I think the Korea furniture industry has exquisite taste. In that sense, I personally love IKEA in how modern and simple their designs are with bright colors and such. Koreans would probably love the designs IKEA has to offer. BUT, they're willing to pay the extra to have the furniture in good quality, already assembled, and delivered to their front door. This is just the way they buy furniture, and I doubt that they're going to start assembling them theirselves for cost cuts.
Rather than buying three furniture that is cheaper, have to be self-assembled, and will last prob for only 2-3 yrs, Koreans will buy one furniture that is uniquely designed, good quality, professionally assembled, delivered to their home, and yes expensive.
In that sense, I don't think IKEA will work in Korea. Maybe later in the future, but not now.
I am a US citizen, but I have been living and working in South Korea for the past four months. I love it here! The culture is great.
I do not know specifically what IKEA would need to change to fix the issues that Walmart suffered from, but I can give you my insights into Korea from an American perspective.
From my experiences in the US, the generally philosophy is that having stuff shows your status. This is probably true of most countries, but Korea and the US have very different ways of doing this. In the US, people show status and wealth by having lots of "stuff." It's not as important what it is and some is fancy, but it doesn't necessarily have to be. In Korea, they do show status through "stuff," but they do not buy lots of things like Americans do. Instead, Koreans seem to live with less things but the things they buy are superior in quality (and price) to what we would buy in the US. When I go shopping at almost any store, everything is super expensive in my opinion. That's how Koreans live though; one nice thing that is going to last and do everything it needs to do, instead of multiple cheap things that are just going to break and be replaced repeatedly.
After getting used to it, I think it's a better philosophy. However, it means that American discount or wholesale stores will have a very difficult time surviving. So, I don't know what should be changed to make it work, but I know that the current business model isn't right for this country.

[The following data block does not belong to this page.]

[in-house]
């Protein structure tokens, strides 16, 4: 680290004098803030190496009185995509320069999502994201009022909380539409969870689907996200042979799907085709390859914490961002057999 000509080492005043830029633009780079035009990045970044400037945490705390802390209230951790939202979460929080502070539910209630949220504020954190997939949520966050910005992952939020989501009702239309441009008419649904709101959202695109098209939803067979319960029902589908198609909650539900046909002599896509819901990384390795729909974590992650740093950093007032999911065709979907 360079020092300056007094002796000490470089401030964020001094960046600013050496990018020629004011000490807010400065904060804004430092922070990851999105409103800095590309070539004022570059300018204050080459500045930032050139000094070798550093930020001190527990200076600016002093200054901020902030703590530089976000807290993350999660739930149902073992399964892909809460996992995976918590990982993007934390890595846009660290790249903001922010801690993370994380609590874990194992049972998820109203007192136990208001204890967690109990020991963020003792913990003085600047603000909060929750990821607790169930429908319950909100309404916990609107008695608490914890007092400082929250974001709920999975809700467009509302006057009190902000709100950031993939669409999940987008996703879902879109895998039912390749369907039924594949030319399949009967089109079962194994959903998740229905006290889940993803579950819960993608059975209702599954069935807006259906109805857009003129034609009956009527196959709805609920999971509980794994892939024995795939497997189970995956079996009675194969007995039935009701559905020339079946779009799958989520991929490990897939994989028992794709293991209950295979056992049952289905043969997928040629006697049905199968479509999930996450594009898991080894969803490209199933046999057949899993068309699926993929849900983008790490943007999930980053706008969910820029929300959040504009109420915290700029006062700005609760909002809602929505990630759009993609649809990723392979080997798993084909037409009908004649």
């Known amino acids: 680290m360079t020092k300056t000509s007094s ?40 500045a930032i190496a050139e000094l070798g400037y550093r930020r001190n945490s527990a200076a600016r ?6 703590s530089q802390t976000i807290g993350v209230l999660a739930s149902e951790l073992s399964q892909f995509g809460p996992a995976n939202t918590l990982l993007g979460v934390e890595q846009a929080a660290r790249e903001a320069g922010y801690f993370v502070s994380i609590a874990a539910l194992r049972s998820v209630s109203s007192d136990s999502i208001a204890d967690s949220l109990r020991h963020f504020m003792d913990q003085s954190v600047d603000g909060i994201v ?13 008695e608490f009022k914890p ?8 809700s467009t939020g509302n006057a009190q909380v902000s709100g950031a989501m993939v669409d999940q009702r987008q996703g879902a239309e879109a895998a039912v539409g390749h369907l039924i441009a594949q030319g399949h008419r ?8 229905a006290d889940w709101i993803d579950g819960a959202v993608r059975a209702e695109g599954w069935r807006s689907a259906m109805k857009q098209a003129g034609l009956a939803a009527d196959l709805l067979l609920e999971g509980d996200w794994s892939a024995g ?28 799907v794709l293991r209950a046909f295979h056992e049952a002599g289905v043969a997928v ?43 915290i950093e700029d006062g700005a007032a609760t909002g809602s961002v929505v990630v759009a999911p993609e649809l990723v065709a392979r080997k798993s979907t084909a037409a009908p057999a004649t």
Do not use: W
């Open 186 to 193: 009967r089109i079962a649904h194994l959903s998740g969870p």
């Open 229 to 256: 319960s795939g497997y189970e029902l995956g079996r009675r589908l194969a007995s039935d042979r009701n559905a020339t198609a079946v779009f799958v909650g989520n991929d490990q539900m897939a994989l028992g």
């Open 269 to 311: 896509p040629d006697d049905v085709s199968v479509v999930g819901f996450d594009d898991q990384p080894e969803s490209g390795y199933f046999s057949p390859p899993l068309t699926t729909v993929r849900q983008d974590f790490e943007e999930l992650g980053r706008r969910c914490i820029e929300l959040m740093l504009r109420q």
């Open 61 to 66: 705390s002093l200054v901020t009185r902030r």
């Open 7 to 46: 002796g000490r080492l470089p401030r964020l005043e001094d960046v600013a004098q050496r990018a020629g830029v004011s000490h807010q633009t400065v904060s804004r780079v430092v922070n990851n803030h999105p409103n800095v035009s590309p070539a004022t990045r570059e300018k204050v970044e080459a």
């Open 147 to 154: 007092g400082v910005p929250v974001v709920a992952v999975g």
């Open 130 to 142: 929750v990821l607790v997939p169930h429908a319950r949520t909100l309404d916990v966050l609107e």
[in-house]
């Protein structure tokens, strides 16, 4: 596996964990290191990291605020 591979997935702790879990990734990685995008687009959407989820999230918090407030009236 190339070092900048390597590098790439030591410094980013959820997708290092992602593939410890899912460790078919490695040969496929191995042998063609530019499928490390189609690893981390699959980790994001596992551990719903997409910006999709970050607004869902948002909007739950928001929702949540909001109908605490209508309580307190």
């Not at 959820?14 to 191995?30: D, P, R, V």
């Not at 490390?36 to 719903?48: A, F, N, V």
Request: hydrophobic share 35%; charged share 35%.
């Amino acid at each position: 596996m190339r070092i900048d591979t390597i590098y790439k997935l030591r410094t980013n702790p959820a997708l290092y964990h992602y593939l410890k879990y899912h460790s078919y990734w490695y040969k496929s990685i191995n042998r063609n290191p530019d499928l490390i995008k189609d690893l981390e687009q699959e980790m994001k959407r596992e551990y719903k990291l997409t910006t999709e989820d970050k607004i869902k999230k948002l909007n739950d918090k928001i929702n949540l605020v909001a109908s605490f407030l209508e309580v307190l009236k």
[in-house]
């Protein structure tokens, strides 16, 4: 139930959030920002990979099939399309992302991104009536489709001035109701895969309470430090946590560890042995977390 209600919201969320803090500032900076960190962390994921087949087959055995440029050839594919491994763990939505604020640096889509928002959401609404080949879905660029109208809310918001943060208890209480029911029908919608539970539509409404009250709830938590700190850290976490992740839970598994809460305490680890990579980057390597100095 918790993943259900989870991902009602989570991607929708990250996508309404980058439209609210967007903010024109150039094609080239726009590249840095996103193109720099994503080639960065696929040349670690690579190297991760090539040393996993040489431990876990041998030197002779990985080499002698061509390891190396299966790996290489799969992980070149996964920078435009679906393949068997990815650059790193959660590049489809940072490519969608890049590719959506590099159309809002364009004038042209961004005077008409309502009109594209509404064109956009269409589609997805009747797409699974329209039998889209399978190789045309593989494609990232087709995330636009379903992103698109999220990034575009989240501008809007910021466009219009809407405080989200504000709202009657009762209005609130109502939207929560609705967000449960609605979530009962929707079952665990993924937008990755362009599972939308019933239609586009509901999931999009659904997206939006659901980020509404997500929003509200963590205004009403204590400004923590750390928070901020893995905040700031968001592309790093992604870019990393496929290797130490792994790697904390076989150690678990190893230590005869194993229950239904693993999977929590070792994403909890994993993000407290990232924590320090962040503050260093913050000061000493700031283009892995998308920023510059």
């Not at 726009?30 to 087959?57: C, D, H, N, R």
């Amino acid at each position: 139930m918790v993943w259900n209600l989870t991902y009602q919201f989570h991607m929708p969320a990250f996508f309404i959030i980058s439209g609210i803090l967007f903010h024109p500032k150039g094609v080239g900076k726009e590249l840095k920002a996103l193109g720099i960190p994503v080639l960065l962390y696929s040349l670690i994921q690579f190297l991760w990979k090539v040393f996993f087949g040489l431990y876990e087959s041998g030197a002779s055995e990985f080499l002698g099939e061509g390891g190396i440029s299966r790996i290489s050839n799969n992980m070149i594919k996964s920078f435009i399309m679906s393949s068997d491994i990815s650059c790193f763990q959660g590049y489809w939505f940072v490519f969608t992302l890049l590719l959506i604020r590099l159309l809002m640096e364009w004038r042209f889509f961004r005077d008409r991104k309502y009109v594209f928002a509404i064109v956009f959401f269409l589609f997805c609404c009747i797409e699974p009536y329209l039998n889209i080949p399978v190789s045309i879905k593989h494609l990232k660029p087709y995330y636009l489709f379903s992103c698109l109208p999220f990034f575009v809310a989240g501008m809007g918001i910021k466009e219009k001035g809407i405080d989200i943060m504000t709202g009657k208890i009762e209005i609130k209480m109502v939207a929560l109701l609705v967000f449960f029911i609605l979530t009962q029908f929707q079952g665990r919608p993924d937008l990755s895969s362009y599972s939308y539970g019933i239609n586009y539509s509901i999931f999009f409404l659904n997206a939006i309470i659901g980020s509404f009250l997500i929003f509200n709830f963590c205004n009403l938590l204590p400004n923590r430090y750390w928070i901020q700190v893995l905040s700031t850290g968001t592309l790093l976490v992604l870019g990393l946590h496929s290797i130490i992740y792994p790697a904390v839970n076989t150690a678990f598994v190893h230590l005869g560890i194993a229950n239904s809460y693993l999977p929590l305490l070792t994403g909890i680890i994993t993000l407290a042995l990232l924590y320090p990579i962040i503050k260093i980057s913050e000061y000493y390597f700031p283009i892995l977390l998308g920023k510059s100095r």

As a side note, others have also mentioned the bias against non-Korean things. It's very true. Koreans are extremely proud of their culture and tend to resist most outside things. I'm an English teacher and even though Koreans understand the need for English instruction and will send their children to expensive private schools, I feel like my teaching style has to resemble Korean schools and teachers. So even if they were willing to embrace the IKEA products, they would still expect the store to be set up in a way that closely mirrors Korean stores.
Your totally right about the quality over low prices statement. Koreans don't care as much about the price as they do about quality. They RARELY do cheap. EVER. they put their best and all into EVERYTHING they do.
yes, I'm a proud Korean :) ~
With such a big expansion into a new country, you think they'd have carried out some opinion polls or something?
That's crazy - definitely illustrates the need to look further than just the numbers, as you said.
So the moral to the story is Koreans work too long and have to squeeze in some quality time in a few short years of their lives. Not a good model for quality living. I don't think Walmart needs Korea any more than Korea needs Walmart. I love Korean products. I have LG appliances, one of my cars is a Kia, and I have a Samsung TV, but I wouldn't trade an hour of my time for theirs.
I just got back from spending a week in Songtan and Seoul. Although I will have to say that their subway / train system is definitely cleaner than what I have seen in the US, the same cannot be said for many of the places that I went to. The air-conditioning is somewhat lacking, so everything seems to just have sticky feeling to it. I did not find the prices to be noticeably lower there than here in the US.Also, I would not classify the young men there as all that "masculine". My impression from riding the subway / train is that the country is full of a bunch of effeminate youths. Maybe the ones who have served in the South Korean Army are not that way, but their youth definitely seemed that way to me.